Precious metals markets sold off ahead of this week’s Federal Reserve policy meeting. But after Fed officials announced their rate hike, prices recovered somewhat. The FOMC finally raised interest rates and signalled six more hikes this year. Despite the very hawkish dot plot, gold went up in initial reaction.
It was the first hike since the end of 2018. The move also marks the start of the Fed’s tightening cycle after two years of ultra-easy monetary policy implemented in a response to the pandemic-related recession. It was, of course, the most important part of the FOMC statement. However, the central bankers also announced the beginning of quantitative tightening, i.e., the reduction of the enormous Fed’s balance sheet, at the next monetary policy meeting in May.
US FED projections
Some investors are under the belief that rising interest rates might hurt gold. The idea is that interest rates make higher-yielding investments like bonds and money market funds more alluring, which should in turn weaken gold. The reality is that there is little correlation between interest rates and gold prices.
Throughout the ’70s, gold prices rose even though interest rates were also moving higher. Conversely, the ’80s saw a decline in interest rates and a bear market for the yellow metal. When the rate went from 1% to 5% between 2004 and 2006, gold ballooned an impressive 49%.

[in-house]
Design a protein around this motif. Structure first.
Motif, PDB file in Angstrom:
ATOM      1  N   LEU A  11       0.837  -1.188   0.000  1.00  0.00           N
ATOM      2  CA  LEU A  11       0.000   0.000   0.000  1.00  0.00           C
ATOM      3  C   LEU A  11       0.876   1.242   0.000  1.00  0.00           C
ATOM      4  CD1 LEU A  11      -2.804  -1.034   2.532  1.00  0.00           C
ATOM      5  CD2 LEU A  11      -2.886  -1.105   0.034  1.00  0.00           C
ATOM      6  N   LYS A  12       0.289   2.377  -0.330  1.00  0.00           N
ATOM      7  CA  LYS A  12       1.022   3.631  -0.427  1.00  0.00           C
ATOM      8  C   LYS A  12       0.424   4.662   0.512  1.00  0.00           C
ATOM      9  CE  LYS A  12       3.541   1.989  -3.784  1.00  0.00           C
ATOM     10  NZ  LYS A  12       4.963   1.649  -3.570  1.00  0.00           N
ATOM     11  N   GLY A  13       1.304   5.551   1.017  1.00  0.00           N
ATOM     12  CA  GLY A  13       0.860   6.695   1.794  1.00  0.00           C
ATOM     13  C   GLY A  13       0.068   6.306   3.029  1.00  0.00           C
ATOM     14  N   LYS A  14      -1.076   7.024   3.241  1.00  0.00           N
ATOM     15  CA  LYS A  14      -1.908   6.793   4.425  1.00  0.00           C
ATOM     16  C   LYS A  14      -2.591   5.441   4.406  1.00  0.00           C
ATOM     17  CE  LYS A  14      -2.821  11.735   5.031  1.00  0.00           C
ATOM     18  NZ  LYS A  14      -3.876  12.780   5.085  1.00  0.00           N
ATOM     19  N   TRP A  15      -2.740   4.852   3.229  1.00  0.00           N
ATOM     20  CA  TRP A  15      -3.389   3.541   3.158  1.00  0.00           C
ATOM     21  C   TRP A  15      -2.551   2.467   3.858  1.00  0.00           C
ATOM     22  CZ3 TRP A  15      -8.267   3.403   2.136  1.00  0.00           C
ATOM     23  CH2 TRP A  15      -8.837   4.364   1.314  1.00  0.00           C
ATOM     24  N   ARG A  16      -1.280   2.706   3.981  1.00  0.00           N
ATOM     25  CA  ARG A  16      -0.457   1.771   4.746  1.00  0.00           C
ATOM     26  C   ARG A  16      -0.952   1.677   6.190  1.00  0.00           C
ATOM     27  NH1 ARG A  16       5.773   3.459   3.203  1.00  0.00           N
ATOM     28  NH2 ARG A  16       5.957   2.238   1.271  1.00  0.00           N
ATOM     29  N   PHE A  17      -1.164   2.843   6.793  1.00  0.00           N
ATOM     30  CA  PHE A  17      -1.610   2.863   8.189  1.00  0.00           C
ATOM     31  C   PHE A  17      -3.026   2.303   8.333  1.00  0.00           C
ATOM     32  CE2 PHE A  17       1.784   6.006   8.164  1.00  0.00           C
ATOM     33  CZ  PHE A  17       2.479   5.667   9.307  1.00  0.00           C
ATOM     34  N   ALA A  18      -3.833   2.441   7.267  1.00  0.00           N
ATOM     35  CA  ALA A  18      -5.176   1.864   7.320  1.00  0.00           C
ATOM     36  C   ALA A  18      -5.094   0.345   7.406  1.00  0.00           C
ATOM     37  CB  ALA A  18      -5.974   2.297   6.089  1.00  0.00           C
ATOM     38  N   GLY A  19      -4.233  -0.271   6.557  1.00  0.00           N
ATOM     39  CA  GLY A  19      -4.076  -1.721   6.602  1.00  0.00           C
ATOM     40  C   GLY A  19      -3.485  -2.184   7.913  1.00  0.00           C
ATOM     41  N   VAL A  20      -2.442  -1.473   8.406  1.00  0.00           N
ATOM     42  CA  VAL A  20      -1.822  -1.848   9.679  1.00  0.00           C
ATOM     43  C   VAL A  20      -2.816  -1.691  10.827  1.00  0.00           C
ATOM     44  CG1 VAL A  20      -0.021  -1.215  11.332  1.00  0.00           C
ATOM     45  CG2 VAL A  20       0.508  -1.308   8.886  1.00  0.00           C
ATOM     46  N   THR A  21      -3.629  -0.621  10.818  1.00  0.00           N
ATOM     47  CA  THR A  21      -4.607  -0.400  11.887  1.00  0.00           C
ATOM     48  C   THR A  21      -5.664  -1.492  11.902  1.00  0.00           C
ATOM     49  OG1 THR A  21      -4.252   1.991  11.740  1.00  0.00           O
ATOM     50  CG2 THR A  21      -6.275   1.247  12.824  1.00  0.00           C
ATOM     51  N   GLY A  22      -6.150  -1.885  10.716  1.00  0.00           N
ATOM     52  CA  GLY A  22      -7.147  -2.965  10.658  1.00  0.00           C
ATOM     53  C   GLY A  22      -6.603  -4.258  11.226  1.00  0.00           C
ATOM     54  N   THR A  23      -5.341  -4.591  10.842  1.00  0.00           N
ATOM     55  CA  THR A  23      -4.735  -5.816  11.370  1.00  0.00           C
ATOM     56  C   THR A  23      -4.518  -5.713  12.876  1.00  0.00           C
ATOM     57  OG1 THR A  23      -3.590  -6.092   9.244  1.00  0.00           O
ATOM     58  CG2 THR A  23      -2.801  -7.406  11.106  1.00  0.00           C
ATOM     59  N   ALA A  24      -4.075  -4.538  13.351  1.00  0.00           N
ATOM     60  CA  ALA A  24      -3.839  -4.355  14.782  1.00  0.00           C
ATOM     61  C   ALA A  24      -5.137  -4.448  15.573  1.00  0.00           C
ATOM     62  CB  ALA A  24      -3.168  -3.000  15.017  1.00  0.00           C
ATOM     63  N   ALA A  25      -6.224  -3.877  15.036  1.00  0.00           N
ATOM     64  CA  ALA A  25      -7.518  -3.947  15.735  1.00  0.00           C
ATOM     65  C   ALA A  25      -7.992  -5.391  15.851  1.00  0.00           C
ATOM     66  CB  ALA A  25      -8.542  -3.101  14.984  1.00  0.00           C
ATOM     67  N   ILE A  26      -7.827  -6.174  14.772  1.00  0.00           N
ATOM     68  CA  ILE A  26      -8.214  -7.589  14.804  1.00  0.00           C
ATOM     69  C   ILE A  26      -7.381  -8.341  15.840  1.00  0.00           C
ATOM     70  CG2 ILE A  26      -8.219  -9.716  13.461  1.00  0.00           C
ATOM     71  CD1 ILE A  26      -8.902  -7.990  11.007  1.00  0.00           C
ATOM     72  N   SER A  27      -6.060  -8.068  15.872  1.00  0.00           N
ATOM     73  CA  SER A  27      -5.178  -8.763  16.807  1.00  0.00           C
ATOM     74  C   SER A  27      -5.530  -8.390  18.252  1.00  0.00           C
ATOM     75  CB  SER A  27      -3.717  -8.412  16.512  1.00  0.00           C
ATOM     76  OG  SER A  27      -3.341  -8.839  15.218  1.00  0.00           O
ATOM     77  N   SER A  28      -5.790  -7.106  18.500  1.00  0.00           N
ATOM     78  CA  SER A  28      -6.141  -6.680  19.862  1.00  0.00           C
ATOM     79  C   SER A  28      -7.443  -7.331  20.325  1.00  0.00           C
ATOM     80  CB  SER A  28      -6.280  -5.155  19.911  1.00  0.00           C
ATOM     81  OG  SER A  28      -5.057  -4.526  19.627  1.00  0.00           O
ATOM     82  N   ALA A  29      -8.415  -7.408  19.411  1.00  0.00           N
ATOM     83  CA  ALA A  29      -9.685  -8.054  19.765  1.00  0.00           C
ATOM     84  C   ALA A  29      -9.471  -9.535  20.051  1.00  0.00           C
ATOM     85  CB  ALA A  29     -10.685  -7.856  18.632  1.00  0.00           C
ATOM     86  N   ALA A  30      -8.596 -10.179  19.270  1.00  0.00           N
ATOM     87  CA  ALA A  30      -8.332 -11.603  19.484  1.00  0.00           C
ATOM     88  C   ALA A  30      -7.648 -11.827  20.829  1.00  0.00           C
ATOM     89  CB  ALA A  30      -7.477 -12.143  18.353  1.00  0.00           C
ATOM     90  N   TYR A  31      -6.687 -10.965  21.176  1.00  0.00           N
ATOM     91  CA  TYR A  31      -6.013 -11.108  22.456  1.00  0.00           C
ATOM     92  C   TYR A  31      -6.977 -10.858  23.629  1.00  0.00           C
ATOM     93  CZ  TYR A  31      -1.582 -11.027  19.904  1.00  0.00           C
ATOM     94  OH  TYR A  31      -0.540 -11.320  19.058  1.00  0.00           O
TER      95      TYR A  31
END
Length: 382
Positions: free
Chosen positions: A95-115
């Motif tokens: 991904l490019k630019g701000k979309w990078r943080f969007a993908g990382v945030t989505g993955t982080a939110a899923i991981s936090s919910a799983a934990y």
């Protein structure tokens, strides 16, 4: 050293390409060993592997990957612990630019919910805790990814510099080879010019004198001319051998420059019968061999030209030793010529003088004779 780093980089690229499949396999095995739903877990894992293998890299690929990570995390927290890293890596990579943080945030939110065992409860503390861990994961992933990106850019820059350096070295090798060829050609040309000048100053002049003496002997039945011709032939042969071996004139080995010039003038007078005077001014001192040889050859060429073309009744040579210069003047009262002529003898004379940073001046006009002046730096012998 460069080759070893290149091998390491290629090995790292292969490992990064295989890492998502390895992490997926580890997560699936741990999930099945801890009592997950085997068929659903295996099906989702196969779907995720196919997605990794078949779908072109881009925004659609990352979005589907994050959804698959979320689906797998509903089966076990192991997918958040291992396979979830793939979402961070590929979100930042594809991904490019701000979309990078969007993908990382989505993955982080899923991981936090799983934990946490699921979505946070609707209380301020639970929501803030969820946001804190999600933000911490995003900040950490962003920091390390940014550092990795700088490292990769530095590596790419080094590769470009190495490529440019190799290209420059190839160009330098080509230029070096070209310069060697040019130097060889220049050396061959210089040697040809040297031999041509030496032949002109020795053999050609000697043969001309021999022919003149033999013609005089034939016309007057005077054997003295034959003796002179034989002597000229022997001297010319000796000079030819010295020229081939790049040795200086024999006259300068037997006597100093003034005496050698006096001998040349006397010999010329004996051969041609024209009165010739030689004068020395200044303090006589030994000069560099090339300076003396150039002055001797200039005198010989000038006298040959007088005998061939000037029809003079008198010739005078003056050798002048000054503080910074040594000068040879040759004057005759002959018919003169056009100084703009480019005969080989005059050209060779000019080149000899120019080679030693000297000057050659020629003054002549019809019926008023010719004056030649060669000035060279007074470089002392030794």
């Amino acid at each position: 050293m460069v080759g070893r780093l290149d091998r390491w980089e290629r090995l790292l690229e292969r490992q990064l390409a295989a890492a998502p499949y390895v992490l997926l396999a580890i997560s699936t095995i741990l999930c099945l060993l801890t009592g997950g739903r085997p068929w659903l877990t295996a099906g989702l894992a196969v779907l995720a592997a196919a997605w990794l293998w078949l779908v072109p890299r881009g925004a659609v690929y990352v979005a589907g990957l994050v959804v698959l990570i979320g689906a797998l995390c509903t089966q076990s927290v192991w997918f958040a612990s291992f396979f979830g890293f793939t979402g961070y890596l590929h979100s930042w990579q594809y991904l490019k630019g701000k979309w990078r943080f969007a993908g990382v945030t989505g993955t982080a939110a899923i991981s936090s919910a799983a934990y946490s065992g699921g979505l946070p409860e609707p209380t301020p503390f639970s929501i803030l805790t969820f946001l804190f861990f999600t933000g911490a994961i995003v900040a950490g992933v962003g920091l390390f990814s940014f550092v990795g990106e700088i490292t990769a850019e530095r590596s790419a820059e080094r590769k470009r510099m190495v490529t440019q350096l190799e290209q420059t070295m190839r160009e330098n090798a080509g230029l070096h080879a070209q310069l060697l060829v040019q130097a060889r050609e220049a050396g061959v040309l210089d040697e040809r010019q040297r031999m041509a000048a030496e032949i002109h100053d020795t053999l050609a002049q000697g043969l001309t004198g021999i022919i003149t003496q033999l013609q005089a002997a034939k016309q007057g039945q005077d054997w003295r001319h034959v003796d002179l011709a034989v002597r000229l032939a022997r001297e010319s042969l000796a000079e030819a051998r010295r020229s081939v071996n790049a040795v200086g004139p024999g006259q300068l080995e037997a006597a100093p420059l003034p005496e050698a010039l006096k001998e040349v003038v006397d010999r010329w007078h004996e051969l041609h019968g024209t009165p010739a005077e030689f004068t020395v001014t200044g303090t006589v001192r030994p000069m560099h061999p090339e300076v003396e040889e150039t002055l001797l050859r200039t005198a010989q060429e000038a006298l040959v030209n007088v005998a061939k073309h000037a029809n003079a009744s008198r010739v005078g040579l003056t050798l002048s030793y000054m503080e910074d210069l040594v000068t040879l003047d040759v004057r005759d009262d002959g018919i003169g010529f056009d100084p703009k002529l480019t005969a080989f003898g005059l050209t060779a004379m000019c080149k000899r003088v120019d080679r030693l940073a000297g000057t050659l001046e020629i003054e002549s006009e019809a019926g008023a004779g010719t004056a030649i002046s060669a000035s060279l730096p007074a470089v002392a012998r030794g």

Gold price isn’t reliant on interest rates, however. As a commodity, the basics of supply and demand drive the price. Supply of gold is limited and changes slowly, as it takes roughly a decade for a mine to be set up to take advantage of a newly discovered deposit.
Another driver of gold price is the U.S. dollar and Inflation. When the dollar weakens, demand for gold increases because investors can net more gold for the same amount of dollars. As demand increases, prices go up.
On the other side, Inflation is like that kind of guest – still sitting in your living room, even after you turned off the music and went to wash the dishes, yawning loudly. Indeed, high inflation simply does not want to leave. Actually, it’s gaining momentum. As the chart below shows, core inflation, which excludes food and energy, rose 6.0% over the past 12 months, speeding up from 5.5% in the previous month. Meanwhile, the overall CPI annual rate accelerated from 7.1% in December to 7.5% in January.
It’s been the largest 12-month increase since the period ending February 1982. However, at the time, Paul Volcker raised interest rates to double digits and inflation was easing. Today, inflation continues to rise, but the Fed is only starting its tightening cycle.
Inflation should still be elevated then, creating a perfect environment for the yellow metal going forward in 2022. Hence, the inflationary genie is out of the bottle and it could be difficult to push it back. Precious metal is likely gradually rising with one step back and two-step forward in 2022. Buy on dips should be strategy used going forward.